BONUS!

Here is a graph of all the trades made based on the setup, over the last 7 years. Green arrows show the buys, and red arrows show the sells 100 days later. The lower pane displays the indicator. Finding the bottom looks easy with this indicator. Knowing when to sell, as always, is the hard part.

 

Varadi’s Aggregate M Indicator: Get Thee to Cash

It has been a long time since I paid homage to one of the best of the best in this business of making sense (pun intended) out of the market chaos. David Varadi has been been designing the most innovative indicators and providing access to the thinking behind his designs for over a year on his blog CSS Analytics. Do yourself  a favor and make time to digest his thinking and philosophy on his blog (free, but yet priceless) or take the easier (but not quite free) route of just purchasing his indicators. No, I’m not being compensated for my remarks. Sometimes it is just important to take time out to recognize those folks who are very, very talented, yet humble and generous.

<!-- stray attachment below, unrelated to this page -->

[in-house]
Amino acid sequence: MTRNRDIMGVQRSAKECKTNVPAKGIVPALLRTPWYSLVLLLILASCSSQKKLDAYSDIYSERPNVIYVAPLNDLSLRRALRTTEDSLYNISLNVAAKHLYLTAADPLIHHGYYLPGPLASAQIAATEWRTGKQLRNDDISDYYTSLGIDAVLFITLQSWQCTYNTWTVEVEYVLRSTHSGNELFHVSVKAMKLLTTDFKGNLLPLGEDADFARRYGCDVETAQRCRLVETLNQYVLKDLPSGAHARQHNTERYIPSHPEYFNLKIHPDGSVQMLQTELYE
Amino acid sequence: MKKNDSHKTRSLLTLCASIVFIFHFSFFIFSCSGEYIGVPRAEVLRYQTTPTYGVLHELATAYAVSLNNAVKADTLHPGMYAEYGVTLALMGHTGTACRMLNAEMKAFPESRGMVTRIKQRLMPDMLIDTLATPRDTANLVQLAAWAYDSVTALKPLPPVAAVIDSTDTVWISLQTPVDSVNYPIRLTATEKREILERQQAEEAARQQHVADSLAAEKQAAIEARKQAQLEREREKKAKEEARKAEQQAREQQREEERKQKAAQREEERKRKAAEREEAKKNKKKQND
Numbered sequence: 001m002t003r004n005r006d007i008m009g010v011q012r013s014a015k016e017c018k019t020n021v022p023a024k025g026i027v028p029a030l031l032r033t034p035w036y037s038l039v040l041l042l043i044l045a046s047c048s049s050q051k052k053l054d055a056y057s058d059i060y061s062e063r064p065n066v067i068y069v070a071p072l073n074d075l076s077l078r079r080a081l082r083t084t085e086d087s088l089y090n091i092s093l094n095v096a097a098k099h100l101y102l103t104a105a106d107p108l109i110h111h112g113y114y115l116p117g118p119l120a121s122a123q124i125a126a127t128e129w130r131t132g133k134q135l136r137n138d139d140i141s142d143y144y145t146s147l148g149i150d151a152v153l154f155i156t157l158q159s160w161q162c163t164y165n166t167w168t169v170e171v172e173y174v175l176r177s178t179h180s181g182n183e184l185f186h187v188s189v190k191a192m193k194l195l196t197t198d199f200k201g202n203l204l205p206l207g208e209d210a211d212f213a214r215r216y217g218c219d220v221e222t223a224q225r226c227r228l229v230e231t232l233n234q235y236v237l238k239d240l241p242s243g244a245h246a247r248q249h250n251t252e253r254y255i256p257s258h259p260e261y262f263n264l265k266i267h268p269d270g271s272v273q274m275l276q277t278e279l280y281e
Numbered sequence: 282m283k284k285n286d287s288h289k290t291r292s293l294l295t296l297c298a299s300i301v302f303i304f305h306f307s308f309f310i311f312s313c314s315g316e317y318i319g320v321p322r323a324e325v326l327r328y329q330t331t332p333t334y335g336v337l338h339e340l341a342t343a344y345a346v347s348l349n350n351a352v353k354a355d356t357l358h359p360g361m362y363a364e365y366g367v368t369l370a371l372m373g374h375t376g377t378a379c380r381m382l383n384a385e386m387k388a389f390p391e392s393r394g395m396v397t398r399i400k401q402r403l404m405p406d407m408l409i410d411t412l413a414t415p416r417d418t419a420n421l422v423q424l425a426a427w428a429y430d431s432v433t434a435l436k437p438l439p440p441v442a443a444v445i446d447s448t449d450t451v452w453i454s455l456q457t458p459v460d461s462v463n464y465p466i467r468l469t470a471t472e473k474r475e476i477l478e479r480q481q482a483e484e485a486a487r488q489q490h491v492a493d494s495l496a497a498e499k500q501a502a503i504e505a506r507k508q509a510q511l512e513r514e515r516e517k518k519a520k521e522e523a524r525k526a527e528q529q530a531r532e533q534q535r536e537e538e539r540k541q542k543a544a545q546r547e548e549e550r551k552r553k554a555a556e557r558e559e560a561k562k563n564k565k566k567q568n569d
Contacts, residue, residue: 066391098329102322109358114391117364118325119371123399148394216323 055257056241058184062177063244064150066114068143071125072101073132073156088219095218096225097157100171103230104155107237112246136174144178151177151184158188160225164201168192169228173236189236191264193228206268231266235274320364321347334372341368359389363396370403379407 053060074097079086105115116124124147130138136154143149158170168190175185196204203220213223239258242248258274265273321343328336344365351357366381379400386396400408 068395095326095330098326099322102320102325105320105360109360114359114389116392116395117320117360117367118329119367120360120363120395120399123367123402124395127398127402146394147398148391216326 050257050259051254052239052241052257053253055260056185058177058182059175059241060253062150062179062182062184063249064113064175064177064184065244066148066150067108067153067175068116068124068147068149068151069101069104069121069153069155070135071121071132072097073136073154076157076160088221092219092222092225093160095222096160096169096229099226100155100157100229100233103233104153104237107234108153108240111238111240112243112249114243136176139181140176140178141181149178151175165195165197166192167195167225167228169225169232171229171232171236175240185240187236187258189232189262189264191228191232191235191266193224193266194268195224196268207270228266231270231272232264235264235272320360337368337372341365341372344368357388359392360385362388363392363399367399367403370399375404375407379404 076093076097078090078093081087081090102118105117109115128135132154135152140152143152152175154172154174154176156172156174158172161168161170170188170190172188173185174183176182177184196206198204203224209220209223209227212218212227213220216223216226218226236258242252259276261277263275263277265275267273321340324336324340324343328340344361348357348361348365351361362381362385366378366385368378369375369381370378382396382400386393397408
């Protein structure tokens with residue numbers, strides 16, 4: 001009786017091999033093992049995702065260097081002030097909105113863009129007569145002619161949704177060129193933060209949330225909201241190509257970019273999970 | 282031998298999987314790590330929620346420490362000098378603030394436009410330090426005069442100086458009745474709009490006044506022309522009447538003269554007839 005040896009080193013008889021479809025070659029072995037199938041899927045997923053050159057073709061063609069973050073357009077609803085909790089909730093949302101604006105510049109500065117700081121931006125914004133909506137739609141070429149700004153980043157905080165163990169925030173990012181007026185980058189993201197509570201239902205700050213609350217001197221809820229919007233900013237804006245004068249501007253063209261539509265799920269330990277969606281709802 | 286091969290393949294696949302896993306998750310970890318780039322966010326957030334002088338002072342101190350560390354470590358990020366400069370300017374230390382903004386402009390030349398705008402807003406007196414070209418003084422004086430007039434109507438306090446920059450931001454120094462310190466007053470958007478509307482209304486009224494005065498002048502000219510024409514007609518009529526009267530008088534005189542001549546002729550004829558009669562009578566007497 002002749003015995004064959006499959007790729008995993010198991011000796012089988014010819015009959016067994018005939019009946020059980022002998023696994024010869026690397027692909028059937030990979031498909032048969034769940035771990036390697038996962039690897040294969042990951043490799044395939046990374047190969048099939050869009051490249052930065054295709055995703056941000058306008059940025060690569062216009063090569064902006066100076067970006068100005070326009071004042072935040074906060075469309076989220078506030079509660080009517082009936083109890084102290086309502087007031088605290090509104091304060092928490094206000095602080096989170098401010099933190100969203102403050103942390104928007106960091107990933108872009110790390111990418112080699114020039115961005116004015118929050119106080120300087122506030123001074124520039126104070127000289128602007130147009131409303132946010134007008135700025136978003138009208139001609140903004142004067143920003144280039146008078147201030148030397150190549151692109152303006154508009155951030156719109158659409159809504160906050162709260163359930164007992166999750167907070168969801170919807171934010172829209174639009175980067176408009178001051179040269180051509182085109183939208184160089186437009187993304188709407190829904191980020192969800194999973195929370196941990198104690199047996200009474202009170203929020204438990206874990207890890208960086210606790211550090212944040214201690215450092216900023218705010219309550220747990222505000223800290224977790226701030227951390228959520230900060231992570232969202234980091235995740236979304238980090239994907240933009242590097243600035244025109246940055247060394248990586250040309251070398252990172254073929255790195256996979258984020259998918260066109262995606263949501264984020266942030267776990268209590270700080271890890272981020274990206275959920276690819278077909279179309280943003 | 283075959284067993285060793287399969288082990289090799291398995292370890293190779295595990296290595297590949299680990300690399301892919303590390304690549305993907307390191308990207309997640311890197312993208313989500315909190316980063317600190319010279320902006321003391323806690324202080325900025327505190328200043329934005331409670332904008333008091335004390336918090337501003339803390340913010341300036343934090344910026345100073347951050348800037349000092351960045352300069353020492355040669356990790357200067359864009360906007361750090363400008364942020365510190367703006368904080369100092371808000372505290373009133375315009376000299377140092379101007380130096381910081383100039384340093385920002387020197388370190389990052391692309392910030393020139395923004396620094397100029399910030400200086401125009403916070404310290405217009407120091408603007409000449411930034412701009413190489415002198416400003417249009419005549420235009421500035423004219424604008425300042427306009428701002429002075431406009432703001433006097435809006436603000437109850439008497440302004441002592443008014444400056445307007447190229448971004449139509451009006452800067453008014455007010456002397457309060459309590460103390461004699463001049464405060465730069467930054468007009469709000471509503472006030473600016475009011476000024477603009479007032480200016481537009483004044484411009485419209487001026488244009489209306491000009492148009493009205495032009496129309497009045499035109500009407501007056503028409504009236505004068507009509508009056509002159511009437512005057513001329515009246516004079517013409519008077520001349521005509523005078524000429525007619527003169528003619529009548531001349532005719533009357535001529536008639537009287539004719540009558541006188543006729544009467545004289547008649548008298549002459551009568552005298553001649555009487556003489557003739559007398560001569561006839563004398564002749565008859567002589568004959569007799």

In November, 2009, Varadi published his desgin for an indicator he called the Aggregate M. I was impressed with this indicator and have used it ever since its initial publication. I have been watching the performance of the indicator very closely for the past 8 months and am still impressed. I decided that now would be a good time to review its performance as we have finally seen something besides a no-volatility market that goes straight up.

Timing the SPY: Aggregate M and All SPY History

Rules:

Buy the close when Aggregate M crosses above 50 from below.

Sell the long position when Aggregate M cross below 50 from above.

(Current Aggregate M reading on June 14th: 40.28)

Trade Stats:

Equity Curve:

Drawdowns:

So What Has a SPY Buy and Hold Done over the Same Time?

The following stats include .01/share commissions.

SPY Performance over all history: 5.41% with a max drawdown of -56.46%.

Summary:

The performance of the Aggregate M indicator speaks for itself. The indicator has signaled a return to cash on 6/2 and again on 6/11. As the indicator is showing no sign of losing its edge, I find yet another reason to remain cautious with a large cash position.